Brain death-induced lung injury is complement dependent, with a primary role for the classical/lectin pathway

Judith E. van Zanden*, Neeltina M. Jager, Marc A. Seelen, Mohamed R. Daha, Zwanida J. Veldhuis, Henri G. D. Leuvenink, Michiel E. Erasmus

*Corresponding author for this work

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In brain-dead donors immunological activation occurs, which deteriorates donor lung quality. Whether the complement system is activated and which pathways are herein involved, remain unknown. We aimed to investigate whether brain death (BD)-induced lung injury is complement dependent and dissected the contribution of the complement activation pathways. BD was induced and sustained for 3 hours in wild-type (WT) and complement deficient mice. C3−/− mice represented total complement deficiency, C4−/− mice represented deficiency of the classical and lectin pathway, and factor properdin (P)−/− mice represented alternative pathway deficiency. Systemic and local complement levels, histological lung injury, and pulmonary inflammation were assessed. Systemic and local complement levels were reduced in C3−/− mice. In addition, histological lung injury and inflammation were attenuated, as corroborated by influx of neutrophils and gene expressions of interleukin (IL)-6, IL-8–like KC, TNF-α, E-selectin, and MCP-1. In C4−/− mice, complement was reduced on both systemic and local levels and histological lung injury and inflammatory status were ameliorated. In P−/− mice, histological lung injury was attenuated, though systemic and local complement levels, IL-6 and KC gene expressions, and neutrophil influx were not affected. We demonstrated that BD-induced lung injury is complement dependent, with a primary role for the classical/lectin activation pathway.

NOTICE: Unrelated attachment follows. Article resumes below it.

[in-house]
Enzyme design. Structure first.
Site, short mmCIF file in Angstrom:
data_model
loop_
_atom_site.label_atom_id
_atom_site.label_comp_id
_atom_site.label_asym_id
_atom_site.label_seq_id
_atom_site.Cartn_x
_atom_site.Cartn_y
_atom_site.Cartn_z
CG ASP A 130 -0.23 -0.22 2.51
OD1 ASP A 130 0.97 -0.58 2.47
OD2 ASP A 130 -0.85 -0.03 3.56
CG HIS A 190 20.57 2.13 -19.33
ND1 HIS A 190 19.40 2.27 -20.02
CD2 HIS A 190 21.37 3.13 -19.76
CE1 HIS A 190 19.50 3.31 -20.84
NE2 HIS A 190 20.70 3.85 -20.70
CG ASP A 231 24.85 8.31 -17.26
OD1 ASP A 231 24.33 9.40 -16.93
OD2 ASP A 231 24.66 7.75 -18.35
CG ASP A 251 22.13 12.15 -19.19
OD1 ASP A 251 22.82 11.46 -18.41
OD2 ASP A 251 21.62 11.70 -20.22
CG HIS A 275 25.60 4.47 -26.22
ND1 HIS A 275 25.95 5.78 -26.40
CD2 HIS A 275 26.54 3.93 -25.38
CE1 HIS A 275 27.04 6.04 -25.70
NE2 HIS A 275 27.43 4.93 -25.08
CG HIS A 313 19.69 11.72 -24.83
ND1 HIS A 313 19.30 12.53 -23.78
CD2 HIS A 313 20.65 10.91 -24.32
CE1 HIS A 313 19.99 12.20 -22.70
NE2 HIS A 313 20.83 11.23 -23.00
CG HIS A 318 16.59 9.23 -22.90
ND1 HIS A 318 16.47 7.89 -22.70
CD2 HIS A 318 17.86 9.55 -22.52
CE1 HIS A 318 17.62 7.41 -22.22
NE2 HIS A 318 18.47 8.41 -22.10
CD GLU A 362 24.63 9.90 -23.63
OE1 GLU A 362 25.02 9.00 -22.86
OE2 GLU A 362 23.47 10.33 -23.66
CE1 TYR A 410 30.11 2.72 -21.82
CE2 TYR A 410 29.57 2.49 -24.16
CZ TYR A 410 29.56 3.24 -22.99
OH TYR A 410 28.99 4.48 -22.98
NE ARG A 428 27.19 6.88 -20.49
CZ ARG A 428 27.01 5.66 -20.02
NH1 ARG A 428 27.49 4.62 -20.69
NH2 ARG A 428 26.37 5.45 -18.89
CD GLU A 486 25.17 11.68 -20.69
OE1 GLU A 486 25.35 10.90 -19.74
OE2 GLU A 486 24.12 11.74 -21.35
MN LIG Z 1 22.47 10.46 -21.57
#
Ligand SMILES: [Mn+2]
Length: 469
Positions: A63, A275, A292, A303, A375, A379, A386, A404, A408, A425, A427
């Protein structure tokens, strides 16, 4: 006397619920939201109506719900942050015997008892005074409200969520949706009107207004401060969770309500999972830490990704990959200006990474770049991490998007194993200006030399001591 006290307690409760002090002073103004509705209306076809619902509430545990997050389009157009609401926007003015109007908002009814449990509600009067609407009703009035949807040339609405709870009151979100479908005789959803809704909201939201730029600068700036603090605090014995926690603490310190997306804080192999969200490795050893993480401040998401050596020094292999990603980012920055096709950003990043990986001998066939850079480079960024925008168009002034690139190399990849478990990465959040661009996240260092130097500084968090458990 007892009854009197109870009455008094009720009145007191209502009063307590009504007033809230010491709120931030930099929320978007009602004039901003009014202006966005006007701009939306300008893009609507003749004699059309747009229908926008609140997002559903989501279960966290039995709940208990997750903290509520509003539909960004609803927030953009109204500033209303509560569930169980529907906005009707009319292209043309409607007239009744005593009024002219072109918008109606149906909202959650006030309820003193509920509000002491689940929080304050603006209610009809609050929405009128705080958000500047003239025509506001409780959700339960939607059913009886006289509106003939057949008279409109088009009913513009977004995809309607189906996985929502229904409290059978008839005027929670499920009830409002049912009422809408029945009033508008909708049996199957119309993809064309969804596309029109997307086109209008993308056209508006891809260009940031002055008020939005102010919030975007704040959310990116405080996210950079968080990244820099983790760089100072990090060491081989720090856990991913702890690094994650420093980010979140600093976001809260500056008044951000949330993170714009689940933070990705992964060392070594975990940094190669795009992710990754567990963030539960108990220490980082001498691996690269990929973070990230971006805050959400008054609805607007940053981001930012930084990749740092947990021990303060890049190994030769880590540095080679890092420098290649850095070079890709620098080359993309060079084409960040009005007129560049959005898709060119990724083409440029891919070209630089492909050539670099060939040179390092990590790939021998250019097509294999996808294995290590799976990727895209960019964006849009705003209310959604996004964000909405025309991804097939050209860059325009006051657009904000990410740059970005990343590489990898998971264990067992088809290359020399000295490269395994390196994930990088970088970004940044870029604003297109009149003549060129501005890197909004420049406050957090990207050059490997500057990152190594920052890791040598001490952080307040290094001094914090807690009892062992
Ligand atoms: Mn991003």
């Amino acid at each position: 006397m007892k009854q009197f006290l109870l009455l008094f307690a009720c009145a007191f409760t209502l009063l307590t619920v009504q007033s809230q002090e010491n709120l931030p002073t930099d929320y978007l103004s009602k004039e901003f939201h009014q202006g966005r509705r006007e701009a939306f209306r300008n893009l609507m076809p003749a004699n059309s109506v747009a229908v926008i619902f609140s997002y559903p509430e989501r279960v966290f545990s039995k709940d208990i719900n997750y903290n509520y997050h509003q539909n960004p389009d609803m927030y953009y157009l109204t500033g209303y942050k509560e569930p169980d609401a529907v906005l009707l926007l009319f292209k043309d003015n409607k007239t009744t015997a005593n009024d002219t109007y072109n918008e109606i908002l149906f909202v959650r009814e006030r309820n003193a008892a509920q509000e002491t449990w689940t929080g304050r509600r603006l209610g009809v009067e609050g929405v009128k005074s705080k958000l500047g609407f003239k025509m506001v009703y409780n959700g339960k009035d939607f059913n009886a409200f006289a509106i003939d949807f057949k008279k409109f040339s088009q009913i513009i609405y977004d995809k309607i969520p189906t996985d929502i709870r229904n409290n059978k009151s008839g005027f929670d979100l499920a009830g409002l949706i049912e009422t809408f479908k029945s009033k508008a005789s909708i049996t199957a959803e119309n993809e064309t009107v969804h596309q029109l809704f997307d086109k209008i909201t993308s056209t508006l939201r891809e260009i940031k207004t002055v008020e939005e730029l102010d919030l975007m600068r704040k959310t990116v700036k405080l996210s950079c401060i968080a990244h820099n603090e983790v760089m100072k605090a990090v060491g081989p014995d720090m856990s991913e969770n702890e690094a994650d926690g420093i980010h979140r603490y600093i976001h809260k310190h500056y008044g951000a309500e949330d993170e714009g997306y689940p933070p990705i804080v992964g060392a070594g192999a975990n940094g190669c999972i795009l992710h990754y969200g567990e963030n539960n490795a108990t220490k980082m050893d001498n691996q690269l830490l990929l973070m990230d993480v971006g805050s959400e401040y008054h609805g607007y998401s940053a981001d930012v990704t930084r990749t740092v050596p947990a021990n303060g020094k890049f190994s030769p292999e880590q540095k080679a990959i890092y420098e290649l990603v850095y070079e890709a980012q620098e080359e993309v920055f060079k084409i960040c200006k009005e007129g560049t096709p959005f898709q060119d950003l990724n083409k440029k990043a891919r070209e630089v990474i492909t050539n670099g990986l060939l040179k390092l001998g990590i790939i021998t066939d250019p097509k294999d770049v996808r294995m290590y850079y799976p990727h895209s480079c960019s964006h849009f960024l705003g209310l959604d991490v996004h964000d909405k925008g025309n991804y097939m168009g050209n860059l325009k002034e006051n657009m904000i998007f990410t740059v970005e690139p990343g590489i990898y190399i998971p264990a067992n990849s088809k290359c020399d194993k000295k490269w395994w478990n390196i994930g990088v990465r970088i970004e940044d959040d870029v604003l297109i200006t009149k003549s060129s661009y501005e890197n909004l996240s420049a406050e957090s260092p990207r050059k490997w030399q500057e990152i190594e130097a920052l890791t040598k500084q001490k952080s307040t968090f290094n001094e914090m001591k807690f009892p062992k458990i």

Original languageEnglish
Pages (from-to)993-1002
Number of pages10
JournalAmerican Journal of Transplantation
Issue number3
Early online date4-Sept-2020
Publication statusPublished - Mar-2021


  • basic (laboratory) research
  • science
  • complement biology
  • donors and donation
  • donation after brain death (DBD)
  • immunosuppression
  • immune modulation
  • lung transplantation
  • pulmonology
  • translational research
  • C3

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